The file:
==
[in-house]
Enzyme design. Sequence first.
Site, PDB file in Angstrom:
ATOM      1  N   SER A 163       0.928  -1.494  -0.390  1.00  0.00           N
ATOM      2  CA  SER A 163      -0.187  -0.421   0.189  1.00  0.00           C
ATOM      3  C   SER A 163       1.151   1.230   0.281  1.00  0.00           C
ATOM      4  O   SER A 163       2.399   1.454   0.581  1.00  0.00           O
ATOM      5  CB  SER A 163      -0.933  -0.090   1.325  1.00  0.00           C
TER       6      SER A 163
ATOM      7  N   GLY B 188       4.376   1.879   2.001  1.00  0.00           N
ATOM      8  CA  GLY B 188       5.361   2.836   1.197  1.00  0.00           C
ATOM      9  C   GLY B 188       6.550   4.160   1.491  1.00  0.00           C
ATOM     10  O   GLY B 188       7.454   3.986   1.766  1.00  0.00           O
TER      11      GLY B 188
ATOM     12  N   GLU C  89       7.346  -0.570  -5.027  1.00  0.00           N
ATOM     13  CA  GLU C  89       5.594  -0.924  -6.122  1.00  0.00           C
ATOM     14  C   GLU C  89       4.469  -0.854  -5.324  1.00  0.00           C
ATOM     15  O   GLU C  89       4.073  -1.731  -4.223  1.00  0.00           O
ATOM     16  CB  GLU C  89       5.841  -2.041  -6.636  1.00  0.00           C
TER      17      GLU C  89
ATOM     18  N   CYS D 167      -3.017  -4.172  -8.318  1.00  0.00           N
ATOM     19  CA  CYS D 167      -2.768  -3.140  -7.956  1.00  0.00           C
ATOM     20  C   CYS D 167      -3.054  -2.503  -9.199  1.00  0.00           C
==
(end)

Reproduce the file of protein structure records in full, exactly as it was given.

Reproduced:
[in-house]
Enzyme design. Sequence first.
Site, PDB file in Angstrom:
ATOM      1  N   SER A 163       0.928  -1.494  -0.390  1.00  0.00           N
ATOM      2  CA  SER A 163      -0.187  -0.421   0.189  1.00  0.00           C
ATOM      3  C   SER A 163       1.151   1.230   0.281  1.00  0.00           C
ATOM      4  O   SER A 163       2.399   1.454   0.581  1.00  0.00           O
ATOM      5  CB  SER A 163      -0.933  -0.090   1.325  1.00  0.00           C
TER       6      SER A 163
ATOM      7  N   GLY B 188       4.376   1.879   2.001  1.00  0.00           N
ATOM      8  CA  GLY B 188       5.361   2.836   1.197  1.00  0.00           C
ATOM      9  C   GLY B 188       6.550   4.160   1.491  1.00  0.00           C
ATOM     10  O   GLY B 188       7.454   3.986   1.766  1.00  0.00           O
TER      11      GLY B 188
ATOM     12  N   GLU C  89       7.346  -0.570  -5.027  1.00  0.00           N
ATOM     13  CA  GLU C  89       5.594  -0.924  -6.122  1.00  0.00           C
ATOM     14  C   GLU C  89       4.469  -0.854  -5.324  1.00  0.00           C
ATOM     15  O   GLU C  89       4.073  -1.731  -4.223  1.00  0.00           O
ATOM     16  CB  GLU C  89       5.841  -2.041  -6.636  1.00  0.00           C
TER      17      GLU C  89
ATOM     18  N   CYS D 167      -3.017  -4.172  -8.318  1.00  0.00           N
ATOM     19  CA  CYS D 167      -2.768  -3.140  -7.956  1.00  0.00           C
ATOM     20  C   CYS D 167      -3.054  -2.503  -9.199  1.00  0.00           C